Yang Qiuyun’s home in eastern China heaves under a mountain of paper files. They are scattered on top of cabinets, piled on the water dispenser and stacked up on her bed.

The files are filled with forms completed in her neat handwriting, records of the laborious work she carries out as one of 10 “information gatherers” in a village at the forefront of an experiment in social management: China’s social credit system.

Every day, Yang, 52, roams Jiakuang Majia village with a pen and paper in hand, writing down every instance of free labour or other donations her fellow villagers make to the community – two points for Ma Shaojun for taking eight hours to install a new basketball hoop in the village playground; 30 points for Ma Hongyun for donating a 3,000-yuan (US$445) TV screen for the village meeting room; and 10 points each for Ma Shuting and Ma Qiuling who have a son serving in the army in Tibet.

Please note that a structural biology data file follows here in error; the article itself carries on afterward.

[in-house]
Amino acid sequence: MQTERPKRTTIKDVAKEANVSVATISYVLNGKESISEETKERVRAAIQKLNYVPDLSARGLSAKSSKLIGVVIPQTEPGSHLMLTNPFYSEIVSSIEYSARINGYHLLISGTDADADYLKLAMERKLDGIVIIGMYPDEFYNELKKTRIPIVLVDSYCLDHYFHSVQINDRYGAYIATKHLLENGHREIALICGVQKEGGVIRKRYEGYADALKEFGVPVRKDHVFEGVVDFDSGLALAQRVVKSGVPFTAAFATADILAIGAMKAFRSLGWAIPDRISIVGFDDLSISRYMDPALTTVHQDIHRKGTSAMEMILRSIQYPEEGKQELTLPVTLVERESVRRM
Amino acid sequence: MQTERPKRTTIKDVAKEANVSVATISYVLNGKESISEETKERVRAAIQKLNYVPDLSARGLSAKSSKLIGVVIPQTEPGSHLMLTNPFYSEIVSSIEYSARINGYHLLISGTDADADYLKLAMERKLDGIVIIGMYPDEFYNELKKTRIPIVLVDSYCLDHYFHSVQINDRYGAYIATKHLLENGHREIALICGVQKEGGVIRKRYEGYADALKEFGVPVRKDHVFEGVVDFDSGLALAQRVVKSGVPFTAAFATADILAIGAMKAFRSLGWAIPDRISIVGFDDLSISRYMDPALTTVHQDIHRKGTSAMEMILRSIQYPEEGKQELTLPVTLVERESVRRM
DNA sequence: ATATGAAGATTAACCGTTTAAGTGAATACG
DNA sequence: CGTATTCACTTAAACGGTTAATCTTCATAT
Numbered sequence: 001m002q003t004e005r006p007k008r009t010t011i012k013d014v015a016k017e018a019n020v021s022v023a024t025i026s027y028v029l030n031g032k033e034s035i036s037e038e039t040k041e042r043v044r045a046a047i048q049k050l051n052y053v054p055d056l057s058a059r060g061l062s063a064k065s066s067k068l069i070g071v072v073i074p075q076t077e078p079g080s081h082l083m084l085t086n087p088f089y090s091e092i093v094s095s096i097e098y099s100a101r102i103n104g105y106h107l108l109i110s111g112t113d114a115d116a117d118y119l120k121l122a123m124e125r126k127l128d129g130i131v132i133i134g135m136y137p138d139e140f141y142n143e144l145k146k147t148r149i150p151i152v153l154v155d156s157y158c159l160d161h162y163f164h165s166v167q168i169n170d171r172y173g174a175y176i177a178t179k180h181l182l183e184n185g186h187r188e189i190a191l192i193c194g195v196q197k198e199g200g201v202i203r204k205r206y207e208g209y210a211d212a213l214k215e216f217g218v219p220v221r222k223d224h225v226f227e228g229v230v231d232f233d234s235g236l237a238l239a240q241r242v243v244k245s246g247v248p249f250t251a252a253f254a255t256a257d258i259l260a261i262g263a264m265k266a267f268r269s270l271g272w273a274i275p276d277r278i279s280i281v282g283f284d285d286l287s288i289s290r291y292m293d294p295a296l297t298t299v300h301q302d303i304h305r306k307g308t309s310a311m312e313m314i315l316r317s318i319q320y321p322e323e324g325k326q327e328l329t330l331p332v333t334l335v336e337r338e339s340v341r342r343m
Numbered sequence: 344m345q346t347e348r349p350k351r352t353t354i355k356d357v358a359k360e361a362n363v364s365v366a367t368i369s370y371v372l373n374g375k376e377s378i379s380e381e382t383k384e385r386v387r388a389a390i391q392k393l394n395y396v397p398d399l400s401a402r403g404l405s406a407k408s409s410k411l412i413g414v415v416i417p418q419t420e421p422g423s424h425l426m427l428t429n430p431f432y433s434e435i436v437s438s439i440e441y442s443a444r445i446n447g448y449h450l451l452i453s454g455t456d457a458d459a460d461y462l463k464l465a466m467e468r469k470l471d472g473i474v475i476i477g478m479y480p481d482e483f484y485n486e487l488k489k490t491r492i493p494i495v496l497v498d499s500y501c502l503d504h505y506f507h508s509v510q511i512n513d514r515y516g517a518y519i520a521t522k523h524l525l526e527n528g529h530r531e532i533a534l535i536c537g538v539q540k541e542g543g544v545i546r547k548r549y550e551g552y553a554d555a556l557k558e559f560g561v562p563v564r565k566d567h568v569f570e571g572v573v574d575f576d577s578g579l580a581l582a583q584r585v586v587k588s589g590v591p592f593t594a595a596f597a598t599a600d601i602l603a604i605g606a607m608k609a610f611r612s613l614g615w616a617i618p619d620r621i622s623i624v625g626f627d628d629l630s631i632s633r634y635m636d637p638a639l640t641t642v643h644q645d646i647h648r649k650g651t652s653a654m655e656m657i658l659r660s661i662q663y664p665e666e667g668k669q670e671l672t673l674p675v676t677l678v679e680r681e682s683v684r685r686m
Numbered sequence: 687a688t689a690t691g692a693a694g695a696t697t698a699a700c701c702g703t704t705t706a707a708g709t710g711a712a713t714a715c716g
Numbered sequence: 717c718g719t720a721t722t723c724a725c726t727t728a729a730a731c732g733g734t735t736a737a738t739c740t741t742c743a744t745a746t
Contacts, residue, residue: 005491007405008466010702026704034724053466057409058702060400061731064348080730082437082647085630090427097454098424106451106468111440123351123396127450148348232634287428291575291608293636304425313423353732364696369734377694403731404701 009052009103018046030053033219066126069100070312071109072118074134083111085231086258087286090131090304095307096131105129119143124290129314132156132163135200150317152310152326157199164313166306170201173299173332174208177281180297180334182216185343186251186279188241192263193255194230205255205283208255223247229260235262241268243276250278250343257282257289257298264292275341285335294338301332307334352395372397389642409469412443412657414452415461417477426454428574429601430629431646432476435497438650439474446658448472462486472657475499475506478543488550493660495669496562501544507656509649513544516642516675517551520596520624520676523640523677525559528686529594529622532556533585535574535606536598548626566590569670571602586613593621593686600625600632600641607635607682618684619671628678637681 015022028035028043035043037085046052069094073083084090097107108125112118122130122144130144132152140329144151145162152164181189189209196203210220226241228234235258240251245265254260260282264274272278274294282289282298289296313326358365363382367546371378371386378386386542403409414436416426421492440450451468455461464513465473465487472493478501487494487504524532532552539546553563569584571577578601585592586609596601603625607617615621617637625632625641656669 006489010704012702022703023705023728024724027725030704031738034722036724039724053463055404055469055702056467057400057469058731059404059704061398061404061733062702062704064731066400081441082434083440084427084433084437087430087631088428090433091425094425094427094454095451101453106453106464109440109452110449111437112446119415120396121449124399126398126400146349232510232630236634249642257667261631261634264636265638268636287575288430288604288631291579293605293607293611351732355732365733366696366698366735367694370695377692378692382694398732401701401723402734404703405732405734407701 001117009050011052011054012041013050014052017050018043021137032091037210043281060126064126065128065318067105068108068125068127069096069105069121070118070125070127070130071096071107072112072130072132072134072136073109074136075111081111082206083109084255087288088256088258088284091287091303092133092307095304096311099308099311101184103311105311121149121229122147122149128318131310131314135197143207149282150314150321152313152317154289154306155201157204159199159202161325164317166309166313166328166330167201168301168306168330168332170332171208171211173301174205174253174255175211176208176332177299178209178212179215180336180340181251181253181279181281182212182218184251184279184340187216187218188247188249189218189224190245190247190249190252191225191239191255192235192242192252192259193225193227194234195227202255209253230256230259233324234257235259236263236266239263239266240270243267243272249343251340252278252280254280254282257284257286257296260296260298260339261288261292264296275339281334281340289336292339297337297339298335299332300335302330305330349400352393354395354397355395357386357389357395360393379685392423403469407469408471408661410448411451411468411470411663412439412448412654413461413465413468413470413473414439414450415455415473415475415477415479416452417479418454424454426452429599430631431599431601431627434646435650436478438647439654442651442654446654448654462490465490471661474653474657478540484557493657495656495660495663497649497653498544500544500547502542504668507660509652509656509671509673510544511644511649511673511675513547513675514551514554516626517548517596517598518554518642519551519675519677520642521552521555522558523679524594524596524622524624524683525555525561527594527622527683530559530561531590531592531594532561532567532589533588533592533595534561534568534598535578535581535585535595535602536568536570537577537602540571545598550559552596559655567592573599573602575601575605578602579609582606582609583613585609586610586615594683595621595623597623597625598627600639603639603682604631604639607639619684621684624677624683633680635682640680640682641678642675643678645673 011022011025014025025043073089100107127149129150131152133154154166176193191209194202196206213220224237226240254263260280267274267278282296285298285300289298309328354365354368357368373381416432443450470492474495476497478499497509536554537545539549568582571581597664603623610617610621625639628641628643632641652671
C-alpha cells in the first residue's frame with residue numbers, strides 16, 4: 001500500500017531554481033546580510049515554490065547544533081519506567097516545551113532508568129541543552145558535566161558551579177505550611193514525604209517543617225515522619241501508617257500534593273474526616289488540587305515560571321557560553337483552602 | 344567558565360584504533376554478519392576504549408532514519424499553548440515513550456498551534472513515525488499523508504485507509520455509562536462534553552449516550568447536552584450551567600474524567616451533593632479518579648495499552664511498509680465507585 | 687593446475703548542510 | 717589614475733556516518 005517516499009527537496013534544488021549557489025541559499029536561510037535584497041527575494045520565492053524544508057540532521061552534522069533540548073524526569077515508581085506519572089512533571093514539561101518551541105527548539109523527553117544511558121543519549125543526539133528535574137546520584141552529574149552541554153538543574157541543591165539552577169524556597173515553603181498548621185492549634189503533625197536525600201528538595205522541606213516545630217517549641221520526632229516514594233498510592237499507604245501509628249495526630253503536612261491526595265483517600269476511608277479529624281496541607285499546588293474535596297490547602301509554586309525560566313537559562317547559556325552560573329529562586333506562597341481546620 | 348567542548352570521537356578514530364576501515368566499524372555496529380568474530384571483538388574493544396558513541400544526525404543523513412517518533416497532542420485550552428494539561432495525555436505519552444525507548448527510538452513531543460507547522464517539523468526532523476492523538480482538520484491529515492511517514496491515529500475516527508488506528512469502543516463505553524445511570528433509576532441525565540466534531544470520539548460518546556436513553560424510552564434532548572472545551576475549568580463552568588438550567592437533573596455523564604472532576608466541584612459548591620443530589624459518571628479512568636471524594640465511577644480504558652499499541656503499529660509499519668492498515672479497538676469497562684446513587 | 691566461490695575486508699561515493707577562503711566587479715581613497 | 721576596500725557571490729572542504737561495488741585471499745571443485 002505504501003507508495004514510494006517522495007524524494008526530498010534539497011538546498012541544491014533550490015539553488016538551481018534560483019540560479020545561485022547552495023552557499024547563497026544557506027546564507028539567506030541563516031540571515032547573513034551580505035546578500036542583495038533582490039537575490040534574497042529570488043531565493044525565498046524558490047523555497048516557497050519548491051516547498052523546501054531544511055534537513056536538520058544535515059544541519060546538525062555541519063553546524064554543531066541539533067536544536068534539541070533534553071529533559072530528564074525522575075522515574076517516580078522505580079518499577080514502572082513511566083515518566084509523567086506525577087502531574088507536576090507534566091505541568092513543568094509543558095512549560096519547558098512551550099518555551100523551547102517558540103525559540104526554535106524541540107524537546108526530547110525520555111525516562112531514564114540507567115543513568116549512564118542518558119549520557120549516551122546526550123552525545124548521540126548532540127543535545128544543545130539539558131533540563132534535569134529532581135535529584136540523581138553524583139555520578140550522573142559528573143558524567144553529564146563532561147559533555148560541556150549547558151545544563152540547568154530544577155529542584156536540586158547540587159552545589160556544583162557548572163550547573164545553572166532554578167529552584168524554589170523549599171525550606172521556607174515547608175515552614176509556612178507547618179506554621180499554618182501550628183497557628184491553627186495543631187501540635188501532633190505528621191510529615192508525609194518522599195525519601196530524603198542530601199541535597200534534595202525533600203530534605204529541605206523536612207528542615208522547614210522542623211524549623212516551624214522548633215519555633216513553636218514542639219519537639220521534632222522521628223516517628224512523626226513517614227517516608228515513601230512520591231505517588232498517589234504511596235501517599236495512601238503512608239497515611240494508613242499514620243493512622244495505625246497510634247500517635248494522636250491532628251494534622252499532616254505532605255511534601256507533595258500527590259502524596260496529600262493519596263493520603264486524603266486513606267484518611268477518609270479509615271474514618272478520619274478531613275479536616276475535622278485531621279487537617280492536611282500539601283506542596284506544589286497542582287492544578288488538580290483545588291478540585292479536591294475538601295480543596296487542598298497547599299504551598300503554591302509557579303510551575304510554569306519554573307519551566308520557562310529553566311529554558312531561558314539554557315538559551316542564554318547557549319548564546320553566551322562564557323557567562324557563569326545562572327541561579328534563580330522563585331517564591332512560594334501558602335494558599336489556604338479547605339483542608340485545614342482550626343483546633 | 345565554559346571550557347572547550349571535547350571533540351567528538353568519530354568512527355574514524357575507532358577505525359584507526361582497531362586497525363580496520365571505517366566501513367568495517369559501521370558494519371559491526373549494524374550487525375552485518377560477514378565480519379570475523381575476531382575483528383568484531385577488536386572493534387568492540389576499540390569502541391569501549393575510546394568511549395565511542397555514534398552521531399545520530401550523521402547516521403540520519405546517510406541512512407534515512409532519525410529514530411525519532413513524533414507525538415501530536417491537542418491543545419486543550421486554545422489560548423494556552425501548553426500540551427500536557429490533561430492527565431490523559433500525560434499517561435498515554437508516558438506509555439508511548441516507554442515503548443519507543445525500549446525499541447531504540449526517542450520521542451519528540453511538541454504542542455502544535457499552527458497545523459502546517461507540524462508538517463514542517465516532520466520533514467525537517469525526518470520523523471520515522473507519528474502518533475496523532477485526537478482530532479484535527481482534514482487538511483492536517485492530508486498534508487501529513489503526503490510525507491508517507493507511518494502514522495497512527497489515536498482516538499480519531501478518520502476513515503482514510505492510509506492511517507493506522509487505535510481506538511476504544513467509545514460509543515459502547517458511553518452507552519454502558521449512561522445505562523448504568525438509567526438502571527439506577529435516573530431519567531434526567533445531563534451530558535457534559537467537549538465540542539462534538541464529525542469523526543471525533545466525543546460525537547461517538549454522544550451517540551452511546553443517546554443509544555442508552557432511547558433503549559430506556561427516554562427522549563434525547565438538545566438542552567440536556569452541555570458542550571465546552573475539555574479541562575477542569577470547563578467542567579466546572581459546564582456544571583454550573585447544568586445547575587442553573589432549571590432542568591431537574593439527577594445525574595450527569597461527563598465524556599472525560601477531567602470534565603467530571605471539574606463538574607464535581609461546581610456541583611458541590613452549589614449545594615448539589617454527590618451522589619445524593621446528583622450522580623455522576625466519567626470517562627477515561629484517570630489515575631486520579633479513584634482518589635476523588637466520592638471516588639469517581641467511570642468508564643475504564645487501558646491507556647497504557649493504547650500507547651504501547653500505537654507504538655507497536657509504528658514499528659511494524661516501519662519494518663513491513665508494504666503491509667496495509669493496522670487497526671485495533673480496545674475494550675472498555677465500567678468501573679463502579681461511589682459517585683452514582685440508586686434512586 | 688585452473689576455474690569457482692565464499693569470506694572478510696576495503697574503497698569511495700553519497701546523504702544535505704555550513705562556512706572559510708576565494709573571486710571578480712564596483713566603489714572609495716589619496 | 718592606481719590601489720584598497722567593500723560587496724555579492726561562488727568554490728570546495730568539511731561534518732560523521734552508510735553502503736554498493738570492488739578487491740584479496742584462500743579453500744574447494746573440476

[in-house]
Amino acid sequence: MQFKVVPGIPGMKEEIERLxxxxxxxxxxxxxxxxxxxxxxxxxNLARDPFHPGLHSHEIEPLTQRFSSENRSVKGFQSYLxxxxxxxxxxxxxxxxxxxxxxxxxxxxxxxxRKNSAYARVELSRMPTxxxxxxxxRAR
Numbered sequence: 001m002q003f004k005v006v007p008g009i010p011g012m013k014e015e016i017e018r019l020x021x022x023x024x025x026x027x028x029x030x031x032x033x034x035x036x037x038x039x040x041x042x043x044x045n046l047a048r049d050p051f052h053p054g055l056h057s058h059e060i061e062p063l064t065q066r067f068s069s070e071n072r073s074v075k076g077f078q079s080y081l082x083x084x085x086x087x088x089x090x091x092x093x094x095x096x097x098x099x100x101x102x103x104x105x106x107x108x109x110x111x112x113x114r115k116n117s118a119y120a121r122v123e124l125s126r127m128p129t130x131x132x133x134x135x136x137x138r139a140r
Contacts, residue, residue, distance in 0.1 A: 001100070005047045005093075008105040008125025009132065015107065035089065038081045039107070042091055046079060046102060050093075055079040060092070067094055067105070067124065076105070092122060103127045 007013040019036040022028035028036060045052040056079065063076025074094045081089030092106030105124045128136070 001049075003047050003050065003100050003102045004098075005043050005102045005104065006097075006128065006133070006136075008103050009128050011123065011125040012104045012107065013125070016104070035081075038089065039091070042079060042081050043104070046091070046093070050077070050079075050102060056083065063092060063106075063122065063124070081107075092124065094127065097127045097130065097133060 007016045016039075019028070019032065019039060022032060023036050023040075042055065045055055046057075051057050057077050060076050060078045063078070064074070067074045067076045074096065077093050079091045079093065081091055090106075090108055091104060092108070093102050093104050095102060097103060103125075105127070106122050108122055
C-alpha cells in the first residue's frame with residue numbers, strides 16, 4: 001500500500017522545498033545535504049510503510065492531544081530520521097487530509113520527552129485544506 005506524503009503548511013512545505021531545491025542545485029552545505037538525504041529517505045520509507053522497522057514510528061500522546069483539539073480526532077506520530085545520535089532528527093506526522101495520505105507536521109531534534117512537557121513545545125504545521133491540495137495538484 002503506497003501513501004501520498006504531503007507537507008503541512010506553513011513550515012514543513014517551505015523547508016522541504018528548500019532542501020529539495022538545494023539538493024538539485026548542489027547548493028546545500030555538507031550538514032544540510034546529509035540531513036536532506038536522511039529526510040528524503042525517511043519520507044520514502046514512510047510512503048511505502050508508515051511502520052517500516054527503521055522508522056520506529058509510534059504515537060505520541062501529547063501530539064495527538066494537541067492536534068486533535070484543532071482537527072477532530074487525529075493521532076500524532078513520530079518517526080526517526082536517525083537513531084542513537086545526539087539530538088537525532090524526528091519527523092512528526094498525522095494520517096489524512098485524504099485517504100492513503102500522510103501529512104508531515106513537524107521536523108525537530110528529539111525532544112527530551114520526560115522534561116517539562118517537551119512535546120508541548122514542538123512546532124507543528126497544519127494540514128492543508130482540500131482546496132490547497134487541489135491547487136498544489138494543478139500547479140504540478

MORE INFO HERE  Oregon proposed legislation would require health officials to review independent studies on microwave radiation from wireless technology.

The points are added to the villagers’ personal “credit scores”, which are tied to community welfare programmes. High scorers get more rice, cooking oil and cash rewards from the village committee and are lauded on village bulletin boards as role models.

China’s social credit system